Wednesday, April 27, 2011

How to...clean up heavily tarnished silver

above: Conn 24J Tuba body, covered in tarnish

Sometimes we come across Tubas or Sousaphones that have been left in a closet or attic for many years and developed a heavy coat of tarnish. Above is a Conn 24J that I am currently working on. It is best to have the Tuba perfectly clean and free of tarnish before attempting any work. There are a few different ways to remove tarnish. Here is one way that I do it. It is a little messy and smelly, but it works pretty well and leaves you with a pretty horn. Here is what you will need:

  • Tarn-X (available at most grocery stores in the cleaning aisle)
  • Baking Soda
  • A soft brush, like a toothbrush only bigger. NO METAL!
  • Rubber or vinyl gloves
  • 1 kitchen sponge
  • 1 bowl for the Tarn-X
The first step is to find a safe area to do this in. You do not want to further scratch the horn or damage it. The rubber gloves should provide some traction, but wet metal is slippery so be careful. Do this outside or an area that is well ventilated. The Tarn-X works great but is SMELLY. Make sure to wear gloves so your hands don't smell like the Tarn-X after you are done.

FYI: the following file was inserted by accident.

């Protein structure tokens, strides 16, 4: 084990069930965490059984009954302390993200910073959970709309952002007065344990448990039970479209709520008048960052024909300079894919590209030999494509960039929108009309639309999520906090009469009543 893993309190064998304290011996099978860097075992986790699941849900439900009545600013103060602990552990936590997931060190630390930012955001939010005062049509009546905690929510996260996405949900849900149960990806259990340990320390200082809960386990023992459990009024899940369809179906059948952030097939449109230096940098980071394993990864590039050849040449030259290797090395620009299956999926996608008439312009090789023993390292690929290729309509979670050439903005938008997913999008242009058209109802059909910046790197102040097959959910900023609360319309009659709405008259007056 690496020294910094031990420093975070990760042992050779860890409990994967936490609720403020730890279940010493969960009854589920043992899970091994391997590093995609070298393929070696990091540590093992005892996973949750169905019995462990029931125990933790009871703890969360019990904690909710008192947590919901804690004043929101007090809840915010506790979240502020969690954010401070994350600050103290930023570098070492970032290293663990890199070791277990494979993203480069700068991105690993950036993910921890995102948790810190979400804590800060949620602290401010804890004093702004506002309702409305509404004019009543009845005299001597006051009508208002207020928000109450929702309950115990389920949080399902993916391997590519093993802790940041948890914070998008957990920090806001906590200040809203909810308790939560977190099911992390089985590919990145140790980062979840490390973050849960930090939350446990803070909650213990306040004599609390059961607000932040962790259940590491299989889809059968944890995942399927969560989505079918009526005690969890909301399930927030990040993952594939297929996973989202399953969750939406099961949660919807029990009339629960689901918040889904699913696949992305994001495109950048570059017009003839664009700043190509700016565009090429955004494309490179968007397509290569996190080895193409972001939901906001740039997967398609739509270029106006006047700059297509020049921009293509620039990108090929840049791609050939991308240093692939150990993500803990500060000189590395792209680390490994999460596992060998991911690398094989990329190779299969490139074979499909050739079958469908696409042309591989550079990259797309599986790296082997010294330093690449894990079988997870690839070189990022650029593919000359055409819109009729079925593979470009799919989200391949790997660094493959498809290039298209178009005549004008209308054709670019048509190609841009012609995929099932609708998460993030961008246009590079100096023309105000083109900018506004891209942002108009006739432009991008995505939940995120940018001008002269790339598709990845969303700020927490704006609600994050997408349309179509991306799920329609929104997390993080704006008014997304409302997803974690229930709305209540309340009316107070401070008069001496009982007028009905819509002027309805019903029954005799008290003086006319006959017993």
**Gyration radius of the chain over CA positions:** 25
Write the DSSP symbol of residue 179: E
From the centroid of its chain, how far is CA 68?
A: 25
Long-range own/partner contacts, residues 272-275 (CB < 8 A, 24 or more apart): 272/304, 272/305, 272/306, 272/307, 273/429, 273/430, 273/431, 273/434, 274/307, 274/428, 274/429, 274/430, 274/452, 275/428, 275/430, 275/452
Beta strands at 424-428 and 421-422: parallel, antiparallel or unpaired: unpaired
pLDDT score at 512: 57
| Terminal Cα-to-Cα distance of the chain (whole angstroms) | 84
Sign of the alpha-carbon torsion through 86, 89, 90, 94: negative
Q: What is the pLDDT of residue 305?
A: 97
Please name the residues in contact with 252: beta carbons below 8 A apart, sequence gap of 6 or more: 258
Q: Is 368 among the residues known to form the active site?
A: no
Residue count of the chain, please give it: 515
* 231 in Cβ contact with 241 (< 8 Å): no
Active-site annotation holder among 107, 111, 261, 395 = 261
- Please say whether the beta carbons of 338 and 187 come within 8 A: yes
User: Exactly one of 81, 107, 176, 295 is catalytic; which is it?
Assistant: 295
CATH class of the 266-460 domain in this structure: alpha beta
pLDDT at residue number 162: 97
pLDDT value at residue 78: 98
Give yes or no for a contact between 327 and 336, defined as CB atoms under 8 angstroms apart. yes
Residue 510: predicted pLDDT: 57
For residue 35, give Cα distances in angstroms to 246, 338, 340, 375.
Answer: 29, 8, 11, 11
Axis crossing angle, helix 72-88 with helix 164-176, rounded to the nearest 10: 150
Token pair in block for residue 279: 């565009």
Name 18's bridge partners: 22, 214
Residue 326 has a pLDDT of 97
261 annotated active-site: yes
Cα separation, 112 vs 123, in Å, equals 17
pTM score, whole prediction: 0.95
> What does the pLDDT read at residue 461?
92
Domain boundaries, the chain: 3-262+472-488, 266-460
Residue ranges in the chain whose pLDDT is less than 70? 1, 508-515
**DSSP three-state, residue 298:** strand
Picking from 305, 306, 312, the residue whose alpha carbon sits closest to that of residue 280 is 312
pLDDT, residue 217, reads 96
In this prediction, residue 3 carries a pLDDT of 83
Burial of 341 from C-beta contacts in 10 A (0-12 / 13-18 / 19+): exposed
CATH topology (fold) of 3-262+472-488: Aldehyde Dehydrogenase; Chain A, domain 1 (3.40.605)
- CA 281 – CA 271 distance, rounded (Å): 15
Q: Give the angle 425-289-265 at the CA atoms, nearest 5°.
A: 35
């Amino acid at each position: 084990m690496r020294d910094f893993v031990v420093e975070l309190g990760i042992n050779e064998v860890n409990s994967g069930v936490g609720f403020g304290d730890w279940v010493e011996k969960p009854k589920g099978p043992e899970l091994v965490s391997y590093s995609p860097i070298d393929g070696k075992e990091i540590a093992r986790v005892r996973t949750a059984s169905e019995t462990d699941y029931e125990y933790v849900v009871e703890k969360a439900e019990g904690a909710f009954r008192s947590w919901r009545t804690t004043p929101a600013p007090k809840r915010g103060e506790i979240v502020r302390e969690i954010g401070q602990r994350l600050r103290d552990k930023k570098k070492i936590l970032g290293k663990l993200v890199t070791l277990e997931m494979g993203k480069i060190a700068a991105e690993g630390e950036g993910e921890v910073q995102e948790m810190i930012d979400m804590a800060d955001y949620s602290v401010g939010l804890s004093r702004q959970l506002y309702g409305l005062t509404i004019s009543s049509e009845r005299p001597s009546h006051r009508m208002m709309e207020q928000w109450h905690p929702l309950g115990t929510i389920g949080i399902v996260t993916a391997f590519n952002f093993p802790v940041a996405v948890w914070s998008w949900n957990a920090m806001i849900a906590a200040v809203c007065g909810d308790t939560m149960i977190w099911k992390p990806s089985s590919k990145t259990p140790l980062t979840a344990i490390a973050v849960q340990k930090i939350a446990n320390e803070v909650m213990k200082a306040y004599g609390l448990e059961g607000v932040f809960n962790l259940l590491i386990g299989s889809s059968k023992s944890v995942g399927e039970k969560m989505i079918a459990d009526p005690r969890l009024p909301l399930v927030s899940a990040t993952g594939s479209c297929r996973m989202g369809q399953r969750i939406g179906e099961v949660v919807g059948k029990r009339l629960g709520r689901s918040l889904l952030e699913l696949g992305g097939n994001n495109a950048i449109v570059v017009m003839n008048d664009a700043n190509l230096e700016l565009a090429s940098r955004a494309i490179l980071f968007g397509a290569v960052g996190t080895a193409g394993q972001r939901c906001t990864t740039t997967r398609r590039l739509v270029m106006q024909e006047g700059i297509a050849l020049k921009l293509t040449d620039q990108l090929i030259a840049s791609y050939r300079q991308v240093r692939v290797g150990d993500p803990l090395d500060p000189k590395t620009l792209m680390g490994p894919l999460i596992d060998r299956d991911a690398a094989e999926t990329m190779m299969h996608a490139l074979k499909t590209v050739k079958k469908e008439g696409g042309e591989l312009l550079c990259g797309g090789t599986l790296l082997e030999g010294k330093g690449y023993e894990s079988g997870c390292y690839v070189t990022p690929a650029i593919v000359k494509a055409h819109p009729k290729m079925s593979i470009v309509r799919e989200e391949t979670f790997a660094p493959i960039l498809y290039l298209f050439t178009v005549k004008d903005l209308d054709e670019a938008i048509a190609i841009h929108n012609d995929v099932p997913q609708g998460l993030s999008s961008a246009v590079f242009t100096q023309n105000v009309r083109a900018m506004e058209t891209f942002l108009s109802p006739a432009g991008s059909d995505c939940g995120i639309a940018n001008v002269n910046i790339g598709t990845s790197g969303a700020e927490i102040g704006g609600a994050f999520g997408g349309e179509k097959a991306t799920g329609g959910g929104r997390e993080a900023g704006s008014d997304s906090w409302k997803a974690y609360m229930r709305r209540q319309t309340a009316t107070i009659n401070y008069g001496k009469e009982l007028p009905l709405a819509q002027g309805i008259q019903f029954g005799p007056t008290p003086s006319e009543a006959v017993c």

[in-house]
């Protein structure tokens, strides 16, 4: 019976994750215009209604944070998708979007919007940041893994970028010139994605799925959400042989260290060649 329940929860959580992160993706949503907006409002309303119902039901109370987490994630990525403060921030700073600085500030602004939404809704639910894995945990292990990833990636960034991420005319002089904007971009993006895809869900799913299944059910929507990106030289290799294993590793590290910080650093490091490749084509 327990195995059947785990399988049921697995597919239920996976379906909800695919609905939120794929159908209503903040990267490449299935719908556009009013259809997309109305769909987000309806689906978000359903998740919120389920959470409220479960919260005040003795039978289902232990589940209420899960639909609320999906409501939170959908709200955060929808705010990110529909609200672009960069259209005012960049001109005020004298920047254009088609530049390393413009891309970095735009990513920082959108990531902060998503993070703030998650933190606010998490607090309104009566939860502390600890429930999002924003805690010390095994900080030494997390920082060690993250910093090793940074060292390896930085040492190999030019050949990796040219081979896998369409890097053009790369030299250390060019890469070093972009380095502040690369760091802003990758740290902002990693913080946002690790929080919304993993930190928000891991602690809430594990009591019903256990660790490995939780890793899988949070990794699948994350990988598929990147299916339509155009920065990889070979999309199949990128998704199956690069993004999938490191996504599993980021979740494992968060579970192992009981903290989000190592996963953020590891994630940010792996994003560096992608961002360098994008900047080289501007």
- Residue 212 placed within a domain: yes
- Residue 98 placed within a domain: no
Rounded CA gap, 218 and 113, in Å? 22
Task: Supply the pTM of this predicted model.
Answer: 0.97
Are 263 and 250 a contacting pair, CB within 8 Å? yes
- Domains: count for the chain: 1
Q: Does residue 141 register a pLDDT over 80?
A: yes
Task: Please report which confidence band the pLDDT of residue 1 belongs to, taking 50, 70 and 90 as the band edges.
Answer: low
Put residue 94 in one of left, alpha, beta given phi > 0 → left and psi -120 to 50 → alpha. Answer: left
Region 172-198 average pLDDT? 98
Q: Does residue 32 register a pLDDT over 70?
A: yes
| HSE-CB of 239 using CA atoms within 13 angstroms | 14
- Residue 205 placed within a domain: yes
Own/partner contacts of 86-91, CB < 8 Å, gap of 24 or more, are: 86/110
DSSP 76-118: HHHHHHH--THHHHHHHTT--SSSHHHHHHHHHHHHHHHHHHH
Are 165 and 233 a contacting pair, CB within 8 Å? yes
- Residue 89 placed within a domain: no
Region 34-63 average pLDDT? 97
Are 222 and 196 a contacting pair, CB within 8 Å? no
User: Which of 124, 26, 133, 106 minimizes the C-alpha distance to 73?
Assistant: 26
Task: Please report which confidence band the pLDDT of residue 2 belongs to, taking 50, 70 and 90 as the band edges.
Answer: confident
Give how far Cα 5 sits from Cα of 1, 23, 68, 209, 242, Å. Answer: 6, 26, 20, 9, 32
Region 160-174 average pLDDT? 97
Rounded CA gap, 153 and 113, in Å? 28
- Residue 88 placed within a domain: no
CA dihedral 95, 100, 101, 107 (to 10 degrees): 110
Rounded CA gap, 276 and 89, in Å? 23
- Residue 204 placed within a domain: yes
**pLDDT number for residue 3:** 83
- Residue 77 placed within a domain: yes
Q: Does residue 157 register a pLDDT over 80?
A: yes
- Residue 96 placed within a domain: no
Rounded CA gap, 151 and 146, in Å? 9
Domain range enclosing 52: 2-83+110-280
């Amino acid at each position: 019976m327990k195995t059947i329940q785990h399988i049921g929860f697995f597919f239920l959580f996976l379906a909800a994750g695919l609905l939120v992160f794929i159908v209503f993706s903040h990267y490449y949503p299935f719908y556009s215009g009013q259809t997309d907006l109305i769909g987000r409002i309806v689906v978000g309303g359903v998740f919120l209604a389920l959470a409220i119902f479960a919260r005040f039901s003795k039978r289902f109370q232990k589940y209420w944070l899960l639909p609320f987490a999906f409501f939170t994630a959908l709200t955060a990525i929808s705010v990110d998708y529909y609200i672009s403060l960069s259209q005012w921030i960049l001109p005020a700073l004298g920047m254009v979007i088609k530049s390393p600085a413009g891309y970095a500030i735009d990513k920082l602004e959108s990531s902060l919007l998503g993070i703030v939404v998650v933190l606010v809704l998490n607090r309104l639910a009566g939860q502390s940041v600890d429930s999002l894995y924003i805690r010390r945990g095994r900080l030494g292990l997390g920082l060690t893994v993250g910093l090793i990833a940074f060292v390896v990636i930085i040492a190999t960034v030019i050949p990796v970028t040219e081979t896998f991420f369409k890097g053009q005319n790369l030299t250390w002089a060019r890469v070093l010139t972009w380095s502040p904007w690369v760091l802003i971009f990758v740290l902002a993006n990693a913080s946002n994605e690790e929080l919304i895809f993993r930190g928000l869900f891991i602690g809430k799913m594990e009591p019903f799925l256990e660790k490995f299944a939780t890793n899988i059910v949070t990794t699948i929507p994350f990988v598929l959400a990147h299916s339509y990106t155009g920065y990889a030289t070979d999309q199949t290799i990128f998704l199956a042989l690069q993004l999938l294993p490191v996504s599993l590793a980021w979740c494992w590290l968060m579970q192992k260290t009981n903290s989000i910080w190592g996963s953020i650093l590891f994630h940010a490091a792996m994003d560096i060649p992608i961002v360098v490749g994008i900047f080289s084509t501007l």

above: Before pictures of 24J valve section.


Pour enough Tarn-X into the bowl to soak the sponge. Ring out the excess in the bowl. Scrub the horn with the Tarn-X. You should immediately notice the tarnish beginning to go away, but the finish will not yet be great. Repeat soaking the sponge and scrubbing away the tarnish until no more black remains. 

Next, rinse the horn and make sure the surface is wet. Then, mix some baking soda with water in your bowl to make a baking soda paste. Scrub the surface of your horn with the baking soda paste until you have a clean, silver finish. 

After this step, make sure to thoroughly rinse the horn of all baking soda, inside and out. None can be left on or inside the horn. This is VERY important.

If done correctly, your horn should look like this:

Before 
 After
 Before
After
 
Using this process, you use no polish and put no risk to the silver plating and in my opinion you also make it look pretty darn good.
 


2 comments:

  1. That looks great! But what if I wanted to make my tarnished Gold sousaphone, silver like this tuba pictured here?

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  2. I have to do this to an old Conn sousaphone tomorrow. Looks like I've got my work cut out for me!

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